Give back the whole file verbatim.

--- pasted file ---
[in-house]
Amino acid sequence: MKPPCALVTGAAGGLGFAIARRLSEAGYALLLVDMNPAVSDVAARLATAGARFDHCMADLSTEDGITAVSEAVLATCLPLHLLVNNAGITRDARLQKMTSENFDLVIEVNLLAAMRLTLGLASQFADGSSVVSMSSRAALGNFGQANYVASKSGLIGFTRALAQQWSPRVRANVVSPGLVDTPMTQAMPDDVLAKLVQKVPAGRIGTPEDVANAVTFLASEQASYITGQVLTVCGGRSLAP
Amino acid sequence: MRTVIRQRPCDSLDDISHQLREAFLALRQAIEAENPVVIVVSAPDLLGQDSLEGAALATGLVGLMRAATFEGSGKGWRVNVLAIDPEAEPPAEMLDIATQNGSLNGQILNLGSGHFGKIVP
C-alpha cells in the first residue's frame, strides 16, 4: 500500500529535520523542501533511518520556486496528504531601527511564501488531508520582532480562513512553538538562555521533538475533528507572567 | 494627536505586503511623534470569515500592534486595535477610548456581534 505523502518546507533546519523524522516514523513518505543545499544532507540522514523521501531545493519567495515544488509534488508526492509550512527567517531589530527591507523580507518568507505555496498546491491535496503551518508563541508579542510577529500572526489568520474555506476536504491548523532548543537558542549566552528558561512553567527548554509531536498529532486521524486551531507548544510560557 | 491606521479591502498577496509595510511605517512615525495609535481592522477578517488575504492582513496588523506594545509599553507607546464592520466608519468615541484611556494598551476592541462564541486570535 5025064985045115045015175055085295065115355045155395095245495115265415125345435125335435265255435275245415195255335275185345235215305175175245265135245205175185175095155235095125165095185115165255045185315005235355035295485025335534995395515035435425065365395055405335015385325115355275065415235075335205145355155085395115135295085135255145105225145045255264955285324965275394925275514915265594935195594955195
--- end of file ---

[in-house]
Amino acid sequence: MKPPCALVTGAAGGLGFAIARRLSEAGYALLLVDMNPAVSDVAARLATAGARFDHCMADLSTEDGITAVSEAVLATCLPLHLLVNNAGITRDARLQKMTSENFDLVIEVNLLAAMRLTLGLASQFADGSSVVSMSSRAALGNFGQANYVASKSGLIGFTRALAQQWSPRVRANVVSPGLVDTPMTQAMPDDVLAKLVQKVPAGRIGTPEDVANAVTFLASEQASYITGQVLTVCGGRSLAP
Amino acid sequence: MRTVIRQRPCDSLDDISHQLREAFLALRQAIEAENPVVIVVSAPDLLGQDSLEGAALATGLVGLMRAATFEGSGKGWRVNVLAIDPEAEPPAEMLDIATQNGSLNGQILNLGSGHFGKIVP
C-alpha cells in the first residue's frame, strides 16, 4: 500500500529535520523542501533511518520556486496528504531601527511564501488531508520582532480562513512553538538562555521533538475533528507572567 | 494627536505586503511623534470569515500592534486595535477610548456581534 505523502518546507533546519523524522516514523513518505543545499544532507540522514523521501531545493519567495515544488509534488508526492509550512527567517531589530527591507523580507518568507505555496498546491491535496503551518508563541508579542510577529500572526489568520474555506476536504491548523532548543537558542549566552528558561512553567527548554509531536498529532486521524486551531507548544510560557 | 491606521479591502498577496509595510511605517512615525495609535481592522477578517488575504492582513496588523506594545509599553507607546464592520466608519468615541484611556494598551476592541462564541486570535 5025064985045115045015175055085295065115355045155395095245495115265415125345435125335435265255435275245415195255335275185345235215305175175245265135245205175185175095155235095125165095185115165255045185315005235355035295485025335534995395515035435425065365395055405335015385325115355275065415235075335205145355155085395115135295085135255145105225145045255264955285324965275394925275514915265594935195594955195